Pin It
Prada SS16 Menswear Womenswear show Milan Spring Summer
Backstage at Prada SS16Photography Virginia Arcaro

How to be post-modest – fashion’s latest anti-trend

After Miuccia Prada debuted her SS16 collection, the ‘new normcore’ was the talk of Milan menswear – here’s how to get the look

Selfies, humblebragging, Tweeting what we had for breakfast – we’re living in the age of overexposure, where our constant sharing means that digital narcissism is the norm. But when the world is looking one way, Miuccia Prada has a habit of pulling our current cultural gaze in the opposite direction – and that’s exactly what she did at her last show. For her SS16 menswear and womenswear cruise collections – sent down the runway last month in Milan – she threw our epoch of self obsession into sharp relief, declaring bluntly backstage that modesty no longer exists. Calling her collection “post-modest”, her clothes were a discussion of the way we navigate a world of brand endorsements, hashtags and Insta-famous icons. Quickly dubbed the new normcore, here’s how you can get the look – and the lifestyle.


As normcore rebelled against our need to use clothing to stand out, subverting our era of “Look at me!” street style with a total embrace of Middle America homogeneity, post-modesty mocks our desire to impress others with brand names and logos by reducing them to “stupid, infantile” graphics. Rejecting symbols (Prada doesn’t like them) for the surface level – bunny rabbits, rockets and racecars all came splashed across the collection – the designer commented on our fixation with blatant advertising.


Of course, post-modesty is thinking fashion, so you better be prepared to justify your look – wearing a jumper with a rocket on it because you like spaceships doesn’t quite cut it. The post-modest dresser is intellectual without being pretentious, using their wardrobe to interpret and interact with the world we live in, and steers clear of taking things too seriously. While designers may have turned to quoting postmodern philosophy in their show notes, Prada’s new trendsetters have ditched the highbrow to embrace the low. Take the canapes served at the show as an example – alcoholic ice lollies.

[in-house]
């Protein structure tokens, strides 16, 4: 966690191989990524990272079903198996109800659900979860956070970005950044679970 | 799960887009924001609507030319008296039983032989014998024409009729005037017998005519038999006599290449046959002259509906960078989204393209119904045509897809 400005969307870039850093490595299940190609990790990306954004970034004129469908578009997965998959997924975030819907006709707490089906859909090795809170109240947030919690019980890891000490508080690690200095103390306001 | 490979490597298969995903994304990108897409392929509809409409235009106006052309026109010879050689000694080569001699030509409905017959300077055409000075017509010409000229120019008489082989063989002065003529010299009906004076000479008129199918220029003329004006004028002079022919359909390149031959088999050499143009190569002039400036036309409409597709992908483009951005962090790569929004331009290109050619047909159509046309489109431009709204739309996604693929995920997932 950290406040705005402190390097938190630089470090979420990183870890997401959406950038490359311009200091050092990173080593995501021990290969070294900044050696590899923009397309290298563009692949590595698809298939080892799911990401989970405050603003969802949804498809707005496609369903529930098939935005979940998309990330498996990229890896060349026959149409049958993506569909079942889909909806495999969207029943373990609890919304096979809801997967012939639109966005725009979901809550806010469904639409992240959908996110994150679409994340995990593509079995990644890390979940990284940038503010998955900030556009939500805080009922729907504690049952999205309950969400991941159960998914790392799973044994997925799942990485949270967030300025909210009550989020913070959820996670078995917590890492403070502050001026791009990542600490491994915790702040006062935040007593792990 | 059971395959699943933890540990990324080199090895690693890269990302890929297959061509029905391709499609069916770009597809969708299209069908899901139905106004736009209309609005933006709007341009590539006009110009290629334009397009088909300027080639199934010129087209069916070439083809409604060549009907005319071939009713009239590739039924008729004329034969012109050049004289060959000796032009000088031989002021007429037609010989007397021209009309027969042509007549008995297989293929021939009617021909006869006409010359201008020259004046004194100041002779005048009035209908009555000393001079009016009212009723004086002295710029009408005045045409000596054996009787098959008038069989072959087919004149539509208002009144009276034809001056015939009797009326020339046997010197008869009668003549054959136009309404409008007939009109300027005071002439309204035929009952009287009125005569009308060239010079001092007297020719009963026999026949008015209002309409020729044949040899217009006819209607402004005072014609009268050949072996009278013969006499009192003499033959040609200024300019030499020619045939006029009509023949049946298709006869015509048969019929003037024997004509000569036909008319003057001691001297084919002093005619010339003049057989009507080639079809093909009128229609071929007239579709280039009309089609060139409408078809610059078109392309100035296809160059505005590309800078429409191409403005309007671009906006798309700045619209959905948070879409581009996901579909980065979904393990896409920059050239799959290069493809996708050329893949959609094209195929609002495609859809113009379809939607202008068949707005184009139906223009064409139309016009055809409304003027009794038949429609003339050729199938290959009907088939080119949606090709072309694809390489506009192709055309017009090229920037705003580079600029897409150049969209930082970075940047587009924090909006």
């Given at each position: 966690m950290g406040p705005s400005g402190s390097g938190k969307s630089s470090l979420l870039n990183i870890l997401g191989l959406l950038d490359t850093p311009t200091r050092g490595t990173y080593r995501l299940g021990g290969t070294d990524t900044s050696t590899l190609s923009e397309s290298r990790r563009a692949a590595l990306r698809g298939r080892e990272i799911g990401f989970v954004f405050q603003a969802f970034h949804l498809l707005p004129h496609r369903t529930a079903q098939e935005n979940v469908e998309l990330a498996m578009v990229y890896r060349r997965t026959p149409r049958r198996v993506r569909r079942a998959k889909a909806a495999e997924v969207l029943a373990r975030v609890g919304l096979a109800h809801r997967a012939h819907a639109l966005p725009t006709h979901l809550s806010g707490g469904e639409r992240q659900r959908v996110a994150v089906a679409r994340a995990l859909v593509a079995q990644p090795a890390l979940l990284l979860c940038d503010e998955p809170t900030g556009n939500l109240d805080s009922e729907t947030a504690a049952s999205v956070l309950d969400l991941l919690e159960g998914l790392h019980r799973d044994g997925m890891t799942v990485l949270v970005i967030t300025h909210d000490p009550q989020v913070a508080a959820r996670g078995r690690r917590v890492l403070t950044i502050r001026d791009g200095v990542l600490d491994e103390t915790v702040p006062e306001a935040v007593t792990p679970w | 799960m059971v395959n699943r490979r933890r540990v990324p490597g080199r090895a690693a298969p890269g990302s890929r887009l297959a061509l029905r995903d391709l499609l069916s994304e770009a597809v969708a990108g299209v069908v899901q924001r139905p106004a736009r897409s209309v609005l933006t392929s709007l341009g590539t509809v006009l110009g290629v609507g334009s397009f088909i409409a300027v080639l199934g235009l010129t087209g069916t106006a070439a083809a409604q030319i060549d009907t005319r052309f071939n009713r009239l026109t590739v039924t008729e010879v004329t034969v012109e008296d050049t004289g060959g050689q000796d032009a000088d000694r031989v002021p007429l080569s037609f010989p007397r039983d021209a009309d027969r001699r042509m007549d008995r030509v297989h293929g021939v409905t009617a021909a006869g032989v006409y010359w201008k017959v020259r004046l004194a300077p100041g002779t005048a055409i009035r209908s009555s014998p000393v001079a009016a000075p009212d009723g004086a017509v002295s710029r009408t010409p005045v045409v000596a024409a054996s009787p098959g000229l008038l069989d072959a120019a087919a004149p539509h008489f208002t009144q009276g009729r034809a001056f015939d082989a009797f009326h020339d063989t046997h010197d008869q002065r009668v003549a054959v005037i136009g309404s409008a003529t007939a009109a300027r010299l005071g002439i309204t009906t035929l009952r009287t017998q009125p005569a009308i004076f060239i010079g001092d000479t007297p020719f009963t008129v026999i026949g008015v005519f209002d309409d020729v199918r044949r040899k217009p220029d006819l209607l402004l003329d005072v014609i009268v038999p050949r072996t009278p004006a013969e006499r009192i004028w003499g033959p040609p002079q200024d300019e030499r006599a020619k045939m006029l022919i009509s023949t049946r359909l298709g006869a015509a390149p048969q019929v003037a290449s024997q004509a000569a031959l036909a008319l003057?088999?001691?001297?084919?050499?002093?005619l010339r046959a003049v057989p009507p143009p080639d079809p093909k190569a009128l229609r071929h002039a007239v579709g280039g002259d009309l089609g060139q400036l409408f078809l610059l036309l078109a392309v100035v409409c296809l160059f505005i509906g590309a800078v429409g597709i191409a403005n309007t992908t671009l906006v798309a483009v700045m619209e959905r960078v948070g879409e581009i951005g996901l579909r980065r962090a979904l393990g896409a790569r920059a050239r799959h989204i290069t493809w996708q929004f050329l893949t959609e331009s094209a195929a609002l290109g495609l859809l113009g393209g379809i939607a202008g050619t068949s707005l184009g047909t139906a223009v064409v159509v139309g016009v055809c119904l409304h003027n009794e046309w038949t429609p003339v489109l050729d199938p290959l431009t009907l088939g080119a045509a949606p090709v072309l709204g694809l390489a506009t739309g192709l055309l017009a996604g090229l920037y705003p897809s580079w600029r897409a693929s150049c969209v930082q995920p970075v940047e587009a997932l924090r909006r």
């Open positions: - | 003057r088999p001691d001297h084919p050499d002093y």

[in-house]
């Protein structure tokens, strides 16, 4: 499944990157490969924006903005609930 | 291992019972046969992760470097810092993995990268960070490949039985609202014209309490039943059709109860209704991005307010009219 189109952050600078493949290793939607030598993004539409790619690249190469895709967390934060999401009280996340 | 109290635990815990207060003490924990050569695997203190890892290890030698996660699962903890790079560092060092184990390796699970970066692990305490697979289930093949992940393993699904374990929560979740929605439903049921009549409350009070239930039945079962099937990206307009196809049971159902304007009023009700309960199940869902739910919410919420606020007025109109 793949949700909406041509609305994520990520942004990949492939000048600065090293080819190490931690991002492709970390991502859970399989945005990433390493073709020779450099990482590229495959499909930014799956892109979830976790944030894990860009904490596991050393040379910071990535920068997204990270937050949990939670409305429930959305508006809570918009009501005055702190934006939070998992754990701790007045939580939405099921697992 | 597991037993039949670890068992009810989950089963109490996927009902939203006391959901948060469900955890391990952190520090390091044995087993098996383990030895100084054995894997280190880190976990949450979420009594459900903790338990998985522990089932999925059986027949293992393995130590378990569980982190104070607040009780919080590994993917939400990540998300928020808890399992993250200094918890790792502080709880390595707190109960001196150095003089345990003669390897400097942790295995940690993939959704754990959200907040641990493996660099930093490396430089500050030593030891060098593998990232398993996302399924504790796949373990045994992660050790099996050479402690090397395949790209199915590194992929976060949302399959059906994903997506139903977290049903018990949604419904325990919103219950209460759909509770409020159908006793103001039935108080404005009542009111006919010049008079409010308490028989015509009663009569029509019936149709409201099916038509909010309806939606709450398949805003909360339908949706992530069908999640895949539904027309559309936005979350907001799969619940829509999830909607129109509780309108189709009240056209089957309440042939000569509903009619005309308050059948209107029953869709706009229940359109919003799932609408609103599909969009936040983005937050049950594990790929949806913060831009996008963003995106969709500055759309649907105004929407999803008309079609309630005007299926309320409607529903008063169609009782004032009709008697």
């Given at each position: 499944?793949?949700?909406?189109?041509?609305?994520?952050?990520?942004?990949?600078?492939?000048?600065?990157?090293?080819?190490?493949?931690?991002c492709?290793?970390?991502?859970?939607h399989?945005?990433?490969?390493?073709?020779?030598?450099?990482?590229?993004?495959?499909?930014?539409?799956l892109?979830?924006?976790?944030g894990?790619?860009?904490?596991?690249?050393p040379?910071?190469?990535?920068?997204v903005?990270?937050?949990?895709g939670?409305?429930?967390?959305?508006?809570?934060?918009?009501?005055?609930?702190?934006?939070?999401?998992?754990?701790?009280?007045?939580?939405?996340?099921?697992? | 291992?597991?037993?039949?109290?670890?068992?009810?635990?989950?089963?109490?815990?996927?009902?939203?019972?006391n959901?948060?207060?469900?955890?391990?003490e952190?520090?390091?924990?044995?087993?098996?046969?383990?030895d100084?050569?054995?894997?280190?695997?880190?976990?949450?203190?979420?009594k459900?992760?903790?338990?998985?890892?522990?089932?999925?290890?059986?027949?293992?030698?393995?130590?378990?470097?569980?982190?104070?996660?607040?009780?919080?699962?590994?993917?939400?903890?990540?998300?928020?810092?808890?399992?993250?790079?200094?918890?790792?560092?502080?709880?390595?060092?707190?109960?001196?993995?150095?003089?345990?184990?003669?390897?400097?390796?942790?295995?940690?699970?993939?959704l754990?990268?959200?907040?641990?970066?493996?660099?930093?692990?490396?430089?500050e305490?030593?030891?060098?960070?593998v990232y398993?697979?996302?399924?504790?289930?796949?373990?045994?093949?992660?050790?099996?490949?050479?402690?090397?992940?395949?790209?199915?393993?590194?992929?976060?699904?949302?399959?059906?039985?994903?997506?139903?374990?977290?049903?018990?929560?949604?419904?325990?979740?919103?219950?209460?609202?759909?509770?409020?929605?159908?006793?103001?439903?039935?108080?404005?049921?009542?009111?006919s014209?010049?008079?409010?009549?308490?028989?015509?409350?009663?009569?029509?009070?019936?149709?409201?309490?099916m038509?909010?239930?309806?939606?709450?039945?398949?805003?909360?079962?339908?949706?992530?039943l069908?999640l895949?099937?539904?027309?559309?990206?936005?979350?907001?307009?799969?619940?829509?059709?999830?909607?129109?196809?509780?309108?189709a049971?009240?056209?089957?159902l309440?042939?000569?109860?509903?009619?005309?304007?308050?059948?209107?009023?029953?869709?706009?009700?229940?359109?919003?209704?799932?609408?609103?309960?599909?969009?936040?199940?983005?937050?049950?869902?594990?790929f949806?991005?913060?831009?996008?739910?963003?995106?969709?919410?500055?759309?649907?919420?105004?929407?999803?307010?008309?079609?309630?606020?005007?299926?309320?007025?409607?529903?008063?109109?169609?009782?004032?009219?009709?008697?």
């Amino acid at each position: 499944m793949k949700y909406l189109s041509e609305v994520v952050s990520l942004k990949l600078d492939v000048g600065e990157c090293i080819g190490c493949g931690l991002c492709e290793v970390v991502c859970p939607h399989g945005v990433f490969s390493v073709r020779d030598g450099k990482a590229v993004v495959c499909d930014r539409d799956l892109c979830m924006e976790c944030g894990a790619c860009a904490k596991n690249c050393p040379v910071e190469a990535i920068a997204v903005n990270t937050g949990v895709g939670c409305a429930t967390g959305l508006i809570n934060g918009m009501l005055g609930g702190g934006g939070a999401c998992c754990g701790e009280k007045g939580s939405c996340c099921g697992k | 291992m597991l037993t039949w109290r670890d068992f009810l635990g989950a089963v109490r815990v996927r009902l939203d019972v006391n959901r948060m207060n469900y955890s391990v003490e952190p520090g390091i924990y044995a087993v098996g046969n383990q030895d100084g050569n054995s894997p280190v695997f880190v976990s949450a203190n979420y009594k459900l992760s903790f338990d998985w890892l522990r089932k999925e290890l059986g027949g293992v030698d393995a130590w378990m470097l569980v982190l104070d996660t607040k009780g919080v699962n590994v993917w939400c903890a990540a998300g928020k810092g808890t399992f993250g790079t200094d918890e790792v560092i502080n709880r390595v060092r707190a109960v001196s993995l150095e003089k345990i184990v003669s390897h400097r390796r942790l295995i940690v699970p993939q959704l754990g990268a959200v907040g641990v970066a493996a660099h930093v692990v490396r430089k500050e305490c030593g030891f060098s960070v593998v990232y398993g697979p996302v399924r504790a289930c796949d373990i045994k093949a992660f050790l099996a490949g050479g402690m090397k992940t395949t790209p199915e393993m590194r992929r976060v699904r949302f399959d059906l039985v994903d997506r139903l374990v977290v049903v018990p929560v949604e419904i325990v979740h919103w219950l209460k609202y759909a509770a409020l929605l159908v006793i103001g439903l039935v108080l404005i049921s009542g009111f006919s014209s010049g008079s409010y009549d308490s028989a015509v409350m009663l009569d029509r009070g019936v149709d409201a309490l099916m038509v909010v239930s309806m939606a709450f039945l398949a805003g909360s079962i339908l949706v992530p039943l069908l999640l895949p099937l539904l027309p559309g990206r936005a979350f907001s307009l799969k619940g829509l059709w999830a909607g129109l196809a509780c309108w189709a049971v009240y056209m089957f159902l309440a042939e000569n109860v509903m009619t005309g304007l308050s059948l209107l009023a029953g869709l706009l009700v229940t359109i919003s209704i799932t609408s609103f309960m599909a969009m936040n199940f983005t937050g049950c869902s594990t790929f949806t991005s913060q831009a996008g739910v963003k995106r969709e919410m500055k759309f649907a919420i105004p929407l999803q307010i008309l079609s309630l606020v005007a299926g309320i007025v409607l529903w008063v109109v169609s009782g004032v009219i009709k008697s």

Stripping away the 80s associations of clip on earrings, the schoolboy memories of rumpled socks and the PE kit nostalgia of plimsoles, Prada’s collection made the ordinary extraordinary with detail and precision. Calling the collection post-pop and post-industrial, Prada borrowed style codes of the past – like 70s sportswear and Soviet chic – and remixed them for the present. She also reimagined the utility of the industrial, supersizing eyelets, which cropped up as polkadots on skirts, and upscaling chunky silver chains – giving them new life as the straps on bags. 


“It costs me a lot of money to look this cheap” – so said Dolly Parton, and it’s an ethos that can be reimagined for post-modesty: “It takes a lot of effort to look this effortless”. This style is a state of mind, not just a mode of dress – your rejection of fashion’s primped and primed poseurs can be read everywhere from your messy hair and haphazard shirt collars to your purposefully rumpled socks, too-long sleeves and untucked shirts. Most importantly, your clothes aren’t perfectly tailored – in fact they quite often don’t fit very well at all, and that’s the point. Channel inspiration from life as a slightly gawky 11-year-old, in a school uniform your mum promised you’d grow into.


On your coffee table should be Selfish by Kim Kardashian, because what’s less modest (and more self-aware) than publishing an entire book of pictures of yourself, by yourself? Take the eye prints that covered the collection as a cue to familiarise your bookshelf with dystopias, and when it comes to cinema, opt for directors with a fondness for making cameos in their own films. We live in 2015 after all, so don’t reject social media – just don’t use hashtags, and steer well clear of a follow4follow.